Another is that thugs have the potential to kill you or leave you for dead if they choose to. Like most robbers, they want your money or something of valuable worth and aren’t seeking to injure anyone, or if they do, not badly. Give them what they want and they’ll leave you alone. This only takes Chang-sub longer to comprehend because there’s most likely a good reason why he’s pawning off items for money, so the money is more important than what it is actually worth.

Hitting the climax of the video, two signs outside of the apartment complex are about guaranteeing the right to housing, standing against forced evictions, and if they lose their homes, where are they supposed to go? Residents of the housing complex are outside, including Il-hoon’s mother. A black van shows up at the scene and some familiar people step out of it. Chang-sub, Hyuk-sik, and Il-hoon getting out of the vehicle together links back to the awkward tension conversation earlier. While the conversation isn’t fully understood, Hyun-sik, who seems to be working with the thugs, tells the other two, ‘If you do this, I’ll/they’ll give you 500,000 won’. They’re behind the idea until Chang-sub points out that Il-hoon’s mother is a protester.

20151015_seoulbeats_btob_waybackhome10While the mother does what she can to protect herself, when she is targeted, Il-hoon goes to save her and shield her from oncoming blows. When Chang-sub involves himself in protecting the both of them, he becomes the new target until Il-hoon steps in. Finally, he uses his boxing skills to land and dodge blows.

That’s short-lived as Hyun-sik gets involved and takes his frustrations out of Il-hoon for two reasons. Il-hoon protecting his mother messes up the operation but also to gives him a chance to take out his anger on the other boy for taking his spot in the competition. Chang-sub breaks up the fight and his best friend instantly goes to his mother, but is pulled away when police sirens are heard. Why? Technically, they were on the side of the bad guys, so being at the scene and sustaining injuries like they did, would make them liable for starting the involvement.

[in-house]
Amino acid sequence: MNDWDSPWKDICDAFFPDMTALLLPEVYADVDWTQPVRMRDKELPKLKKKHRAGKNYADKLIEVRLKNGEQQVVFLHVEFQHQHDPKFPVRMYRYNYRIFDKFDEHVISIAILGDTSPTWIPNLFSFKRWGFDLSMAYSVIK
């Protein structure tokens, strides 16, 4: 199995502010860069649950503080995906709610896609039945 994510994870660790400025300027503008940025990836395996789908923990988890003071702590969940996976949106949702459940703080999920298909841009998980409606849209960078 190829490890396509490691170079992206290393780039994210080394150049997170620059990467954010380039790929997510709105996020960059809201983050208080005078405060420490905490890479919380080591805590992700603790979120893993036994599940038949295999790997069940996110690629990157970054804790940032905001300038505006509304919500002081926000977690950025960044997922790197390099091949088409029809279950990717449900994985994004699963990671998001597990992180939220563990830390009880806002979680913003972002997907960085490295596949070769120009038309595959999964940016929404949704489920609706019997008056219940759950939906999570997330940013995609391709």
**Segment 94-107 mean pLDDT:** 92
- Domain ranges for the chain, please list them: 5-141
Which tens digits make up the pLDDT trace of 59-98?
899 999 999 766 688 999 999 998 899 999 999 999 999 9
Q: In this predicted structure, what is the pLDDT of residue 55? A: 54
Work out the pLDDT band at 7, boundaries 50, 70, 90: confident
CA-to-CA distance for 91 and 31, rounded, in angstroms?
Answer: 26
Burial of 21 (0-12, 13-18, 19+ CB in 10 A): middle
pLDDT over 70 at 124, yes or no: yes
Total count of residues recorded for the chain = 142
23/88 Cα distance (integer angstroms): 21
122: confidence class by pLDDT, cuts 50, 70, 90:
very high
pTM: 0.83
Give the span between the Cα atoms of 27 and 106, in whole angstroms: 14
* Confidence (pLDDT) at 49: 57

Since all the frustration was let out during the previous fight scene, Hyuk-sik apologizes, Chang-sub makes the two make up, and the three are off to being friends again. Hyuk-sik and Chang-sub set themselves straight and return to school, Il-hoon shapes up and even gets a love interest, and the two once rivals are back to doing what they both love, boxing. At the end of it all, now that everyone’s lives are set back on track, Il-hoon spends time with his family and his mother looks to his boxing gloves; the sport saved their lives.

The acting in the video is good and believable. The scenes flow perfectly and most go without feeling stiff or awkward. The only thing that felt off was Peniel beating up Il-hoon and Chang-sub.He seemed confused and unsure of what to do. Maybe he’s a new lackey and it’s his first job, I don’t know.

The exact situation the MV sets up may not be relatable to most, but it gets the point across easily and can hit home with anyone. The storyline is easy to understand and can be changed to reflect one’s own situation without altering the meaning.


The lyrics alone remind the listener of a time in their life where their surroundings became too difficult to deal with. When emotions bubble up inside of you, you try to stay strong and act like nothing wrong. But family, or linking with the video, a mother, knows when you’re trying too hard and will wait for you. When you finally realize that things aren’t okay, they will be here for you.

Also, they serve as a reminder that it’s acceptable to rely on the strength of others when you’re having a weak moment. Even if the world turns its back on you, there is still someone there to support you at all times. There’s no section of the track I can highlight; the song in its entirely holds a deep meaning and should be read and understood. This is definitely a reflection and comfort song.

Readers, tell me: by portraying the lyrics in the music video, do you think BtoB did the song justice? Was there anything you disliked about their title track?

MV Rating: 3.9/5
Song Rating: 4.3/5

(Cube Entertainment, YouTube [1][2])